You can also consider choosing a different font. For example, in the customized code below, I’ve done three things:

  1. Changed the font to Montserrat.
  2. Bolded the font.
  3. Increased the letter spacing to 3 px.
.emblem text {
  font-family: "Montserrat", Sans-serif;
  font-size: 16px;
  font-weight: bold;
  letter-spacing: 3px;
}

4. Use Absolute Positioning To Move the Icon Widget

Now, it’s time to make it so that the icon widget appears on top of your target image. Right now, it’s positioned above and separate from the background image:

absolute-positioning

To do this, you can use absolute positioning, which will give you pixel-perfect control over the emblem text’s positioning.

Open the settings for the Icon widget. Then, go to the Advanced tab and find the Positioning settings. Configure them as follows:

  • Width: Inline (Auto)
  • Position: Absolute
  • Horizontal Orientation: Right
  • Offset (Horizontal): -16px
  • Vertical Orientation: Top
  • Offset (Vertical): -16px

I chose -16 for both the horizontal and vertical offsets, but you might want to play around with different numbers to find what works best for your design and background image. You can also change the horizontal and vertical orientations according to your preferences.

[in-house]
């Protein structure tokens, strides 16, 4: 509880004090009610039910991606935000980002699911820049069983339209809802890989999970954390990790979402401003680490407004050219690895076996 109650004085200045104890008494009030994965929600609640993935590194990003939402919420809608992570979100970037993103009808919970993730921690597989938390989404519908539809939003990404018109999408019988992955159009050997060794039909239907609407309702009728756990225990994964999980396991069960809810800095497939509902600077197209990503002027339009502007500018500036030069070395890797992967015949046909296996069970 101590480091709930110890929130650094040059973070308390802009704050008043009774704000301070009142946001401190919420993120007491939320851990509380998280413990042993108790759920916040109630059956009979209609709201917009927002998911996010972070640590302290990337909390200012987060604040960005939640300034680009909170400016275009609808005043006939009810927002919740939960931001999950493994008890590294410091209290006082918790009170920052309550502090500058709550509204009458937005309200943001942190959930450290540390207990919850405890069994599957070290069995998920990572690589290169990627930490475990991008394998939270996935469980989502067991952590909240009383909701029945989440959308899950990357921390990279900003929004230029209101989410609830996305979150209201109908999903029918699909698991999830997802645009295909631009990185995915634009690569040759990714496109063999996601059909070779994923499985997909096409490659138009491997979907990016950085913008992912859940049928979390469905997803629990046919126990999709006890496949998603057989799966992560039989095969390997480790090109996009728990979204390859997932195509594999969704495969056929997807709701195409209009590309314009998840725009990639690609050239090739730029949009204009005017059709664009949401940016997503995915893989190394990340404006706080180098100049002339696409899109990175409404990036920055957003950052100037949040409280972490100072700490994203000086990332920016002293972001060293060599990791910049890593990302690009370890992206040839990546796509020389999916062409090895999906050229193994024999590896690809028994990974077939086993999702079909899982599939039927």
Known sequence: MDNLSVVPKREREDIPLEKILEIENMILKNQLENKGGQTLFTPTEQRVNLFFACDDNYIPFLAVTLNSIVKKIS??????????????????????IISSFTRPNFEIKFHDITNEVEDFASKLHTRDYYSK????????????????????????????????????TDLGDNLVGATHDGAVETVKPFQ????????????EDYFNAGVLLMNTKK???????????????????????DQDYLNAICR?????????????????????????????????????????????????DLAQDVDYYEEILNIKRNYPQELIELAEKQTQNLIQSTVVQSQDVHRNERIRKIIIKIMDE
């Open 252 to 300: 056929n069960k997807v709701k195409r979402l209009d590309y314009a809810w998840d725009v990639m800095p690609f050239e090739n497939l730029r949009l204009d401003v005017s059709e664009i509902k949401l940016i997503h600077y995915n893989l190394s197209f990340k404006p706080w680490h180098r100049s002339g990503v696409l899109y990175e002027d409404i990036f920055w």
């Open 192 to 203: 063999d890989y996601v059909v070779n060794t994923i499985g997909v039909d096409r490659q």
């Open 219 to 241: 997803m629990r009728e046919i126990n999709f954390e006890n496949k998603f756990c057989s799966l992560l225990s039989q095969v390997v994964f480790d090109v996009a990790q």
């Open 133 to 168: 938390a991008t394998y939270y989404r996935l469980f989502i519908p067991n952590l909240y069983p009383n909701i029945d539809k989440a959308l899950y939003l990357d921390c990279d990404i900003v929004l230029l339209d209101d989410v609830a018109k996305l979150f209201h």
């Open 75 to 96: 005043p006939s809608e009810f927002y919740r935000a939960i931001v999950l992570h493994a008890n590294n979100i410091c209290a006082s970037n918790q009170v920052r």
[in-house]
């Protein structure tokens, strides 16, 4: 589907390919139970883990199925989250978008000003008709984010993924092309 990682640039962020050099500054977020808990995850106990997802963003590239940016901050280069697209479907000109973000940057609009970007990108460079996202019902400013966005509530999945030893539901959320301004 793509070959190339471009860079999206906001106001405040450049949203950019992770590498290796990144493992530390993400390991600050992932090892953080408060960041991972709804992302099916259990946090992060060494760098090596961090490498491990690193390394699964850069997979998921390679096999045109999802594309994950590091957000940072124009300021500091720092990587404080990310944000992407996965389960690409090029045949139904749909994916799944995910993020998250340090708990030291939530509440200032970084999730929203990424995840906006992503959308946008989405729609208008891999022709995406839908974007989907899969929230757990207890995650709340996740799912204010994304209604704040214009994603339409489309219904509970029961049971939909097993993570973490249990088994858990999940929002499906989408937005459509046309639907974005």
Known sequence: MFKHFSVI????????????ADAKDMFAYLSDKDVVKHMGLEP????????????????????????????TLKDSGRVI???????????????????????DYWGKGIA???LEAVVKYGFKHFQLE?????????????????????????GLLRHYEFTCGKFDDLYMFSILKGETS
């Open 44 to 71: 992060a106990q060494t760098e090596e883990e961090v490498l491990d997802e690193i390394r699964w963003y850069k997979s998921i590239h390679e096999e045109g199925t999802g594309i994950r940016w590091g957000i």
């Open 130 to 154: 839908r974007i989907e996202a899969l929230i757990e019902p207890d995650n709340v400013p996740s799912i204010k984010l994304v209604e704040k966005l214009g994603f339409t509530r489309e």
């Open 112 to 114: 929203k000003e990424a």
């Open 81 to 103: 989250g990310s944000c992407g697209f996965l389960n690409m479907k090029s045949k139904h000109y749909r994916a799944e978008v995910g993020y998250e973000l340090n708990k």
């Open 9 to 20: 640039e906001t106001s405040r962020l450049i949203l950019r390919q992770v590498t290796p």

You should also use the responsive settings to adjust the offset for mobile and tablet devices. Make sure to set the horizontal offset for mobile devices to zero to avoid issues with vertical scrolling.

absolute-positioning

5. Set up Your Emblem Animation Effect

To finish things out, you need to set up the animation for your emblem. Again, you have two options:

  1. You can animate the emblem so that it spins as a user scrolls down.
  2. You can automatically animate the emblem so that it spins without any user input.

I’ll show you how to configure both – you should only choose one of these methods, though.

Option 1: Animate Emblem on Scroll

To animate the emblem as a user scrolls down, you can use Elementor’s built-in Motion Effects.

Open the Icon widget and go to the Advanced tab. Select Motion Effects Scrolling Effects (turn it on) → Rotate (click the edit icon). This will open some additional settings – configure them as follows:

  • Direction: To Right
  • Speed: 4